A reliability and validity study for different coronal angles using ultrasound imaging in adolescent idiopathic scoliosis

Rob C. Brink, Sebastiaan P.J. Wijdicks, Isabel N. Tromp, Tom P.C. Schlösser, Moyo C. Kruyt, Frederik J.A. Beek, RM Castelein*

*Corresponding author for this work

Research output: Contribution to journalArticleAcademicpeer-review


Background Context: Radiation exposure remains a big concern in adolescent idiopathic scoliosis (AIS). Ultrasound imaging of the spine could significantly reduce or possibly even eliminate this radiation hazard. The spinous processes (SPs) and transverse processes (TPs) were used to measure the coronal deformity. Both landmarks provided reliable information on the severity of the curve as related to the traditional Cobb angle. However, it remained unclear which coronal ultrasound angle is the most appropriate method to measure the curve severity. Purpose: The objective of this study was to test the reliability and the validity of several ultrasound angle measurements in the coronal plane as compared with the radiographic coronal Cobb angle in patients with AIS. Study Design/Setting: This is a cross-sectional study. Patient Sample: The study included 33 patients with AIS, both male and female (Cobb angle range: 3°-90°, primary and secondary curves), who underwent posterior-anterior radiography of the spine. Outcome Measures: The outcome measures were the reliability (intraclass correlation coefficients [ICCs] for the intra- and interobserver variabilities) and the validity (linear regression analysis and Bland-Altman method, including the mean absolute difference [MAD]) of different ultrasound measurements. Materials and Methods: The patients were scanned using a dedicated ultrasound machine (Scolioscan, Telefield Medical Imaging Ltd, Hong Kong). The reliability and the validity were tested for three coronal ultrasound angles: an automatic and manual SP angle and a manual TP angle as compared with the radiographic coronal main thoracic or (thoraco)lumbar Cobb angles. Results: The ICC showed very reliable measurements of all ultrasound methods (ICC ≥0.84). The ultrasound angles were 15%-37% smaller as compared with the Cobb angles; however, excellent linear correlations were seen between all ultrasound angles and the Cobb angle (thoracic: R 2≥0.987 and (thoraco)lumbar R 2≥0.970), and the Bland-Altman plot showed a good agreement between all ultrasound angles and the Cobb angle. The MADs of the ultrasound angles, corrected using the linear regression equation, and the Cobb angles showed no significant difference between the different ultrasound angles (MAD: automatic SP angle 4.9°±3.2°, manual SP angle 4.5°±3.1°, and manual TP angle 4.7°±3.6°; p≥.388). Conclusions: Coronal ultrasound angles are based on different landmarks than the traditional Cobb angle measurement and cannot represent the same angle values. In this study, we found excellent correlations between the ultrasound and Cobb measurements, without differences in the reliability and validity between the ultrasound angles based on the SPs and TPs. Therefore, the severity of the deformity in patients with AIS can be assessed by ultrasound imaging, avoiding hazardous ionizing radiation and enabling more individualized patient care. It also opens possibilities for screening.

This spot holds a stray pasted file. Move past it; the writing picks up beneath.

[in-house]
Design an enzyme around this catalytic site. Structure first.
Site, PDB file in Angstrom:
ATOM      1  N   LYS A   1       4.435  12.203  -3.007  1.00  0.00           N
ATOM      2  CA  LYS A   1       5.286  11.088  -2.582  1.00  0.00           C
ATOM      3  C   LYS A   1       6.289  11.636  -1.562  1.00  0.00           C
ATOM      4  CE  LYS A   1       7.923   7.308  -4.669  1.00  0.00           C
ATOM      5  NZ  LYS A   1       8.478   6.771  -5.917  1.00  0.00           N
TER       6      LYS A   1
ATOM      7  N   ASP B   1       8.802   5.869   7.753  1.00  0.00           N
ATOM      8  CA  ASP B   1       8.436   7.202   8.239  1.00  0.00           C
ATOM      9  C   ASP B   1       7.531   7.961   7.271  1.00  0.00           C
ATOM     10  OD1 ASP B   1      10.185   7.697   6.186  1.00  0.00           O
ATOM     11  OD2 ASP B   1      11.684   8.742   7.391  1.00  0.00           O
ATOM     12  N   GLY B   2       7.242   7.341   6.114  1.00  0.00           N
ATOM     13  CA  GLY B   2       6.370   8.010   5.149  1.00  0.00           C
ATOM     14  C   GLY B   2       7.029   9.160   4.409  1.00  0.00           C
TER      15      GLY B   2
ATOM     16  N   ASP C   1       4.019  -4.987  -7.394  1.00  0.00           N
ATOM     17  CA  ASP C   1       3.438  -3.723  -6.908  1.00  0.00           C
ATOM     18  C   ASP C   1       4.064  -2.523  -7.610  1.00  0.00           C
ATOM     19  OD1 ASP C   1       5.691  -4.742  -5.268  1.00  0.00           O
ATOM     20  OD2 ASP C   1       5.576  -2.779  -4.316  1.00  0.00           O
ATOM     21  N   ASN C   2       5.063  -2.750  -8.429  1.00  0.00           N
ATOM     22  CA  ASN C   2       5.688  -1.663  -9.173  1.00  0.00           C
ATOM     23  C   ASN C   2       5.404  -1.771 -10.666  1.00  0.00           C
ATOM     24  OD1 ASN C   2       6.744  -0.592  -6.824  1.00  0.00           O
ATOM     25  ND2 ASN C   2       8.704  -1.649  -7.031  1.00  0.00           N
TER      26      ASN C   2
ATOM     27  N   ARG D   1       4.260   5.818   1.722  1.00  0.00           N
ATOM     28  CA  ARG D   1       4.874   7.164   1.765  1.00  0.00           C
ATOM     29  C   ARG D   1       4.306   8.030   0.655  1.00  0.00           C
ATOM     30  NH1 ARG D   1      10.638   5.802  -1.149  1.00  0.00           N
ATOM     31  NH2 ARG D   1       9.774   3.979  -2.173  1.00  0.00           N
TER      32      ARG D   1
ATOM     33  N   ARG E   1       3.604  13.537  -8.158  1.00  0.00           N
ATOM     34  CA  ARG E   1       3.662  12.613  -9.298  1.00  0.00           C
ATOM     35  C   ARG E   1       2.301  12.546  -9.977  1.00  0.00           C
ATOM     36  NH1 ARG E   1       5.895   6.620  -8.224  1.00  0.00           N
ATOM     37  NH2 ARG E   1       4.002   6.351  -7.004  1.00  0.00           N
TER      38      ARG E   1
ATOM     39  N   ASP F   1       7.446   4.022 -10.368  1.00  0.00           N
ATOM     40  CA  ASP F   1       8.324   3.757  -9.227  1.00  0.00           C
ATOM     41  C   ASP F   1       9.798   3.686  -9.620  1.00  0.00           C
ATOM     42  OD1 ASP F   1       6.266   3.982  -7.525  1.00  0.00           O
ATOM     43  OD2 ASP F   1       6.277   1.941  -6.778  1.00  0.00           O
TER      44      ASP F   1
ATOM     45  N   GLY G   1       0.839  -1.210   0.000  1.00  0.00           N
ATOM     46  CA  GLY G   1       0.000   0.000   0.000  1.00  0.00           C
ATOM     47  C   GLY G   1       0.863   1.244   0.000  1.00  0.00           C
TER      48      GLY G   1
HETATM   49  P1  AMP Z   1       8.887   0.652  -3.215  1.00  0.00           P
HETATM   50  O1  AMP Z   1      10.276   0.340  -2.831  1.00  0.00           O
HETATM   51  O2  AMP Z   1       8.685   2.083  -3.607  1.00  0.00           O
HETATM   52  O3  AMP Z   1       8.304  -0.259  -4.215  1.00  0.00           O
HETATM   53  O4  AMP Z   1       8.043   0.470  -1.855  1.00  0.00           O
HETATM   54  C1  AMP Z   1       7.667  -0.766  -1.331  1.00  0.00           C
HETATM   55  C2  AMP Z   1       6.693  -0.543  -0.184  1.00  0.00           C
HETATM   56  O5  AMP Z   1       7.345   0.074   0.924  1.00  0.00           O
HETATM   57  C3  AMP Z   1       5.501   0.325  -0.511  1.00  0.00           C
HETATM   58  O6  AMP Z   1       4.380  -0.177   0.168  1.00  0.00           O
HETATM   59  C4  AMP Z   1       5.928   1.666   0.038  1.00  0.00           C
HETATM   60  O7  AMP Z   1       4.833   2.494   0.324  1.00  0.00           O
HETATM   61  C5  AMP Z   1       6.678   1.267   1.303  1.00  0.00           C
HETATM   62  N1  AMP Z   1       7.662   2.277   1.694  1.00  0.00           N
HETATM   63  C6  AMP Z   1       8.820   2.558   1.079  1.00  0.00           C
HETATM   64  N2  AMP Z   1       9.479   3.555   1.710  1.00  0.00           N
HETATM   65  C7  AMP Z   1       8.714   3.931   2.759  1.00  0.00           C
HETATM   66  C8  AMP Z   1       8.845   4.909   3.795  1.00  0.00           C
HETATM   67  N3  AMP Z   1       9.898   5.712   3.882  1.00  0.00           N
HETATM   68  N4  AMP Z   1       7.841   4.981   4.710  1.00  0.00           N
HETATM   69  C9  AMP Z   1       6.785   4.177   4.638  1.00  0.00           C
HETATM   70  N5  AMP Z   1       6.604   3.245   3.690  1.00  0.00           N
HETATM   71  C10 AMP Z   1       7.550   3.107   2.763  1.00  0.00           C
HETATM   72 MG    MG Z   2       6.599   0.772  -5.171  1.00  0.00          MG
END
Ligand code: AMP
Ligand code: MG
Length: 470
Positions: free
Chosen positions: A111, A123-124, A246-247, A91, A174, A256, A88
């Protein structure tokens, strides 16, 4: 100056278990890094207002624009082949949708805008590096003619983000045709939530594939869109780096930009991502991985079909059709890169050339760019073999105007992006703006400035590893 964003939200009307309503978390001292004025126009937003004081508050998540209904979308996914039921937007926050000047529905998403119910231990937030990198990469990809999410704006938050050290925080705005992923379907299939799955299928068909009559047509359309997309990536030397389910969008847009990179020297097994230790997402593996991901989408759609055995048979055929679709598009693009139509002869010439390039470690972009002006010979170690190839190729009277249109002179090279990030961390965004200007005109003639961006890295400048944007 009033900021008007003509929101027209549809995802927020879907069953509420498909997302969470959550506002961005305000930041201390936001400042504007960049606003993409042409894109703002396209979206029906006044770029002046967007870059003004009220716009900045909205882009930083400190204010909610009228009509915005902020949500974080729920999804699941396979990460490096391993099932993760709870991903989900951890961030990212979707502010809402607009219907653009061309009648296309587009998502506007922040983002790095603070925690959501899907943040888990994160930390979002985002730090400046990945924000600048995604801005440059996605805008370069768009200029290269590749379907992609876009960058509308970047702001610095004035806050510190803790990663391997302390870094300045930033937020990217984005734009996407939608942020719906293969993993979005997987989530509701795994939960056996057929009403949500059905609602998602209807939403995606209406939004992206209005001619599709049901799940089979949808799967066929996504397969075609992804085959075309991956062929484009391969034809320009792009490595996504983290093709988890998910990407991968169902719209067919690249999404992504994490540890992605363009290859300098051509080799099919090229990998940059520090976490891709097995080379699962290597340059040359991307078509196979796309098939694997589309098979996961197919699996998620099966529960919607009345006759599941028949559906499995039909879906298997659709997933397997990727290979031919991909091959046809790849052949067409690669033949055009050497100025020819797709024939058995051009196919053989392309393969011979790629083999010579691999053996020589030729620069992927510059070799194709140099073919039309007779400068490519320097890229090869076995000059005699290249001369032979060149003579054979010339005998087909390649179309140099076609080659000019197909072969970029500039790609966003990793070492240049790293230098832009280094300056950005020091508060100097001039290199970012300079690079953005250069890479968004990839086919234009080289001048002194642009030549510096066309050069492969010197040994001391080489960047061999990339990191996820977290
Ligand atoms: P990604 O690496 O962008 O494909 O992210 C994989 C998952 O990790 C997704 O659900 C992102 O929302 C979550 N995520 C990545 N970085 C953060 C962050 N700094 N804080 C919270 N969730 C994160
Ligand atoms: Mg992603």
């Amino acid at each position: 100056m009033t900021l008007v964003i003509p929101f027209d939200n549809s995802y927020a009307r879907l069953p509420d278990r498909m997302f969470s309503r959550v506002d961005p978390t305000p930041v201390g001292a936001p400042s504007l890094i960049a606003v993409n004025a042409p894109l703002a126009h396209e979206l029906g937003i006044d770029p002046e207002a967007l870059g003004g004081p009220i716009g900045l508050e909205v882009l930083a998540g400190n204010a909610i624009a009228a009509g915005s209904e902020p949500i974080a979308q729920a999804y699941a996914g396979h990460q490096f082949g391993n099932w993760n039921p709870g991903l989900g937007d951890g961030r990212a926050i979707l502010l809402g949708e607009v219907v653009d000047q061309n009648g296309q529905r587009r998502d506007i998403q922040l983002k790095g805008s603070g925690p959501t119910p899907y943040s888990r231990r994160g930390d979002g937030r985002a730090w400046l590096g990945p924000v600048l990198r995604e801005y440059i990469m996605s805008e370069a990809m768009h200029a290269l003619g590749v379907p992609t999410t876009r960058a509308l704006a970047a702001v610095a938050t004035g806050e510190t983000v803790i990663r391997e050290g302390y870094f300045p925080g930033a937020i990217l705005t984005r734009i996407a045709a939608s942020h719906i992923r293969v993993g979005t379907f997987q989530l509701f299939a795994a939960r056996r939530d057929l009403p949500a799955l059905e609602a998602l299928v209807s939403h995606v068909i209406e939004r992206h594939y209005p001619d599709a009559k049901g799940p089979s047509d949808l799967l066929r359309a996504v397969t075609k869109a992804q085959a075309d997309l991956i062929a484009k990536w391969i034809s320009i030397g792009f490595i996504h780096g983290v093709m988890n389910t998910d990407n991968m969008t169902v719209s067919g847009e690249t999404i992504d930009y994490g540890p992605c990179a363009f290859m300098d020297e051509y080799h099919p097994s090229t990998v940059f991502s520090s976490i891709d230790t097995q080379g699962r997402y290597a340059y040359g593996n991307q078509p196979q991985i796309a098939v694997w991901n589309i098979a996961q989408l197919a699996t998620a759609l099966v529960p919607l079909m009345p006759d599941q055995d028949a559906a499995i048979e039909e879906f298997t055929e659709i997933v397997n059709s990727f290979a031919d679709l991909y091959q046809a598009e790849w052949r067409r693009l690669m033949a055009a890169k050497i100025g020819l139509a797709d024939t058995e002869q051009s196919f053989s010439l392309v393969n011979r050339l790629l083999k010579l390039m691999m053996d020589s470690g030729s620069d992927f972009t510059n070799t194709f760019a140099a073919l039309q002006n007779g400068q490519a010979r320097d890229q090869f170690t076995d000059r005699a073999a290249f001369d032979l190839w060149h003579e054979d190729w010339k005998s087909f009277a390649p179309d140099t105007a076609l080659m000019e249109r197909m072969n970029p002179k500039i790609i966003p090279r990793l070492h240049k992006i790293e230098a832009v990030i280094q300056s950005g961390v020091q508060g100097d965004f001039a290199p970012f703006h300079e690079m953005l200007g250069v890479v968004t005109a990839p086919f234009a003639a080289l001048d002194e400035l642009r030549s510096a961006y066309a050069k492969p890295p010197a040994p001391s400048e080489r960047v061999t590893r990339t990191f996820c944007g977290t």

Original languageEnglish
Pages (from-to)979-985
Number of pages7
JournalThe Spine Journal
Issue number6
Publication statusPublished - 1 Jun 2018


  • Adolescent idiopathic scoliosis
  • Coronal angle
  • Spinous processes
  • The Scolioscan
  • Transverse processes
  • Ultrasound


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